The grooves on our Bonobo records have been worn smooth by our bar staff over the last two years. Bonobo is an in-house favourite and “The NorthBorders” and “Migration” are records that you’ll continually hear, oozing out of our Cafe’s front door in the middle of the day and spilling into the early evening. I’ve personally heard “Bambro Koyo Ganda” from his second LP “Migration” so many times that I can sing it from memory, which is impressive since I’ve never even been to Morocco, and can’t understand a word Innov Gnawa is signing on the track. But that is the charm of Bonobo’s music.
It can extend over both physical and musical borders, with an elusive charm that feigns categorisation. Elements of Downbeat, House, Electronica and Indie Pop, form the extensive bedrock from which Bonobo creates enticing musical landscapes with attainable access points from various musical perspectives. The English artist makes the kind of records that are perfectly suited for those uncertain moments, when you need to bridge a gap in a crowd through music. Through immersive melodies and dense atmospheres he crafts singular pieces that can be enjoyed at a superficial level, but also leaves something to be explored if you want to experience something a little deeper.
This is consistent of his latest release too, which is not an LP of new original material, but rather a mix. Fabric lured the producer over to the DJ booth, for the first mix in their new format after closing out the Fabric live chapter. It’s the first recorded mix from the artost since 2013’s late night tales. Bonobo strings together a selection of tracks from the likes of DJ Seinfeld, Throwing Snow, Âme, and Dark Sky, with audible whispers of his artistic voice coming to the fore within the grand narrative of the mix. Whereas his own music has mere fleeting encounters with the dance floor, this Fabric mix, is committed to the dance floor, especially during peak time.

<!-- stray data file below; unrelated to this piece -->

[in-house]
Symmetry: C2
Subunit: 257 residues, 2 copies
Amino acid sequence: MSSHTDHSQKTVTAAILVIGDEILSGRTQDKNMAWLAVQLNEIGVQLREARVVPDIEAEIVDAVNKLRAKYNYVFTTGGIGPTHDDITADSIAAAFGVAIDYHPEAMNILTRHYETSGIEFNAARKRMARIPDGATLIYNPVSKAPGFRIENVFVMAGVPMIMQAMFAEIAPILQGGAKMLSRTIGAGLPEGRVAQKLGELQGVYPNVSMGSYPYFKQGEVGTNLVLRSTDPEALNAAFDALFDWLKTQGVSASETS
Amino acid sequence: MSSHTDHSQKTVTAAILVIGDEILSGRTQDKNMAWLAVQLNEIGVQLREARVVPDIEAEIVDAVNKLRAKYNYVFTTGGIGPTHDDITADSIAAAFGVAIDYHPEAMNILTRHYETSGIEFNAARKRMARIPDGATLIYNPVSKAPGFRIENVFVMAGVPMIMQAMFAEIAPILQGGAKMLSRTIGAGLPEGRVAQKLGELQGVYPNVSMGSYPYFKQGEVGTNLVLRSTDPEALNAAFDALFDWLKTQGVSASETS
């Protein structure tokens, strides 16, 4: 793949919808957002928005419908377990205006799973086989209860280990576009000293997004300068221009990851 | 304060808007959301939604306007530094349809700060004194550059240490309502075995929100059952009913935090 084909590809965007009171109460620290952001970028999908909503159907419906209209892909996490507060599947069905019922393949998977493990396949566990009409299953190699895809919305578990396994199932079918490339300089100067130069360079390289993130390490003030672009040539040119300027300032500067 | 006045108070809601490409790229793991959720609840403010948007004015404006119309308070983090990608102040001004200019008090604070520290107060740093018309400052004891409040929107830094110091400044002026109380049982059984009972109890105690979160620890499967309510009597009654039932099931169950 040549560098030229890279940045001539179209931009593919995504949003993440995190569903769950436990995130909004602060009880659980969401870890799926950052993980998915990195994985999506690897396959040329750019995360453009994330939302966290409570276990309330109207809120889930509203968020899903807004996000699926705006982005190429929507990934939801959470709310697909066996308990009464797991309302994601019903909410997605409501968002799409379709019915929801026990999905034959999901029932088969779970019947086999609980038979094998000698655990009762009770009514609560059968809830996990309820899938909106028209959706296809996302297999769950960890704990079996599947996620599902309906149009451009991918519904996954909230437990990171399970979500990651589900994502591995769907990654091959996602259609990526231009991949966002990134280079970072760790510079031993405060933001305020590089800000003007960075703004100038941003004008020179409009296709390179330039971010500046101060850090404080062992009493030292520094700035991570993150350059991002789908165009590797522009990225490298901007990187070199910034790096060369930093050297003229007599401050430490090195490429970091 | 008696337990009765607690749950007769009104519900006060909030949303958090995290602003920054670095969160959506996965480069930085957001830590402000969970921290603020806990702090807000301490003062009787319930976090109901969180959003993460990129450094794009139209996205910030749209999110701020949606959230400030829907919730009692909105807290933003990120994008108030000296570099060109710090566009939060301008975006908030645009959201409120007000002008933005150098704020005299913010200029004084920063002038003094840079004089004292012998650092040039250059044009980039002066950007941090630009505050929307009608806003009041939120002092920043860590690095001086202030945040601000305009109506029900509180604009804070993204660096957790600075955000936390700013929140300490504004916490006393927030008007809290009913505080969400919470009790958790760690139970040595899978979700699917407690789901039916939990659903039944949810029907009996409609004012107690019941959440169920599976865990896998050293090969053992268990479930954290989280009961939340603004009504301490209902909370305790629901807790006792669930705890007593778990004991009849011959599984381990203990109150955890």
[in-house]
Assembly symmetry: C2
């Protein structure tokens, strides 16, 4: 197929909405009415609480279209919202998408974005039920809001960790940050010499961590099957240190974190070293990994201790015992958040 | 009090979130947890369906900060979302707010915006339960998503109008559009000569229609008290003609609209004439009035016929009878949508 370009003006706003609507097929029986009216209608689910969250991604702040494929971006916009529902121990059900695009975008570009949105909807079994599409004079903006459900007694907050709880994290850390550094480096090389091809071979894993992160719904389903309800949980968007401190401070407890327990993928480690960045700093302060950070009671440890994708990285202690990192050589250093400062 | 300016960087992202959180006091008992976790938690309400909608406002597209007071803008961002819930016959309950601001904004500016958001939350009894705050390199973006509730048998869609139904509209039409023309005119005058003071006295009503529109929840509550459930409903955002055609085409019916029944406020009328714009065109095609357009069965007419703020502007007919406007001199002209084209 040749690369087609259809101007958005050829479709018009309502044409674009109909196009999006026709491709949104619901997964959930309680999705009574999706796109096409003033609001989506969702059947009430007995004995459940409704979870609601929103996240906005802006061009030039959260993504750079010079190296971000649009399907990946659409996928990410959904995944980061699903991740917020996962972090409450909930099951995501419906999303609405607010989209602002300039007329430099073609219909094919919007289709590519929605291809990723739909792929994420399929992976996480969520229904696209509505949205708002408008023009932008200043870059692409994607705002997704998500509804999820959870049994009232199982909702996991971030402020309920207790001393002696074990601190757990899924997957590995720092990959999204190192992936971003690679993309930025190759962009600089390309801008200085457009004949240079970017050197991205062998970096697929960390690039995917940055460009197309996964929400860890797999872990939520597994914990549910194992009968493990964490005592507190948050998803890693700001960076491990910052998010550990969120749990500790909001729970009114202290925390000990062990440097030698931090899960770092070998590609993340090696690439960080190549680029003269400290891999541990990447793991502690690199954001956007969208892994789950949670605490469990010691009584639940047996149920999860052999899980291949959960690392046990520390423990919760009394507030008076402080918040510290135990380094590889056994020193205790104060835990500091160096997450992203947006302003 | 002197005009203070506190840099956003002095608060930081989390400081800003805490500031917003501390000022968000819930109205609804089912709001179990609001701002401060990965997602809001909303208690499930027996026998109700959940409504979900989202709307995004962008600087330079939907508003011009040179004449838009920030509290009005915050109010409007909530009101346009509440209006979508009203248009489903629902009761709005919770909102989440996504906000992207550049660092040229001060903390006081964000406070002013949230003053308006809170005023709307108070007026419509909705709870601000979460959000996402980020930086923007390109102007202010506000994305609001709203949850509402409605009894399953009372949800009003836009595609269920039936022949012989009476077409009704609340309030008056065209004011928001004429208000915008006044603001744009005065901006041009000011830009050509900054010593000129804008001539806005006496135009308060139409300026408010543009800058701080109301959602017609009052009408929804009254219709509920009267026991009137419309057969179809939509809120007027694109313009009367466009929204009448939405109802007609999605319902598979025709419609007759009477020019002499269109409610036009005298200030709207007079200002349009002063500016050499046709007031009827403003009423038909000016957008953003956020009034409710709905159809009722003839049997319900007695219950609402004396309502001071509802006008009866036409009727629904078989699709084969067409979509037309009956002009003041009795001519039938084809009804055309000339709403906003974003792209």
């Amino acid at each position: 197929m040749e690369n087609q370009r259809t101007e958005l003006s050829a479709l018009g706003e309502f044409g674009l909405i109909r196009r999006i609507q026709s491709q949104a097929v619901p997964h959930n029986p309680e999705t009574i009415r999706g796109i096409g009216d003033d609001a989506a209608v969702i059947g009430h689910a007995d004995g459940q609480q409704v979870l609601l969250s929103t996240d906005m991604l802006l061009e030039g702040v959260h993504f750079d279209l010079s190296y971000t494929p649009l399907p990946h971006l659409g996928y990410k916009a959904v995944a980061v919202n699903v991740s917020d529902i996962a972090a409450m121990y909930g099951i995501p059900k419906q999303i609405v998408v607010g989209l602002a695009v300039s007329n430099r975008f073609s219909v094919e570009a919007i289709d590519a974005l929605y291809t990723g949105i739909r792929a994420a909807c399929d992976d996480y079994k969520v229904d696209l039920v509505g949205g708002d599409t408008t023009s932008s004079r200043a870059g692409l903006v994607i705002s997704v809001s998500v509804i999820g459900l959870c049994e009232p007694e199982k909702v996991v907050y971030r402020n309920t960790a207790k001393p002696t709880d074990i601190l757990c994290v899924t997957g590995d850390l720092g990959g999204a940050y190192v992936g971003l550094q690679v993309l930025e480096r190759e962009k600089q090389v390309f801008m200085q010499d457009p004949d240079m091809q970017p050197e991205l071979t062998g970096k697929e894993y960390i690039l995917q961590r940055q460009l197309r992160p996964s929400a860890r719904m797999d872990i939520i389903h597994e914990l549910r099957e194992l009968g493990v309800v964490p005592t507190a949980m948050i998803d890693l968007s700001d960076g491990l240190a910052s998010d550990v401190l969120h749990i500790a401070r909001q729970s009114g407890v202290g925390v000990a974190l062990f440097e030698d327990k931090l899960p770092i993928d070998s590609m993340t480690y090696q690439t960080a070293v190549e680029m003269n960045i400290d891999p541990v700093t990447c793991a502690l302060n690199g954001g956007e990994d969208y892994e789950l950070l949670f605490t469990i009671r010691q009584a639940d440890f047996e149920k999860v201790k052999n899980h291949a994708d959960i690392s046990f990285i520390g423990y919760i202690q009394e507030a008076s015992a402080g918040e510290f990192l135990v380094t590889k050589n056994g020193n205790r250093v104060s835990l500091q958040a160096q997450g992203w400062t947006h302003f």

Bonobo’s penchant for melodies add his personal artistic touch, elevating the music beyond the rudiments of DJ tools and drawing comparisons with Trance. There’s an uplifting element to the mix where it can move beyond the doors of Fabric and into any context like… oh I don’t know… a bar in Oslo? Theres’s an inextricable bond between this mix and Bonobo’s original work where it can occupy the same space on the shelf, even if its not an LP, giving “The North Borders” and “Migrate” a much needed break for a while while we wear this new record down to a smooth finish.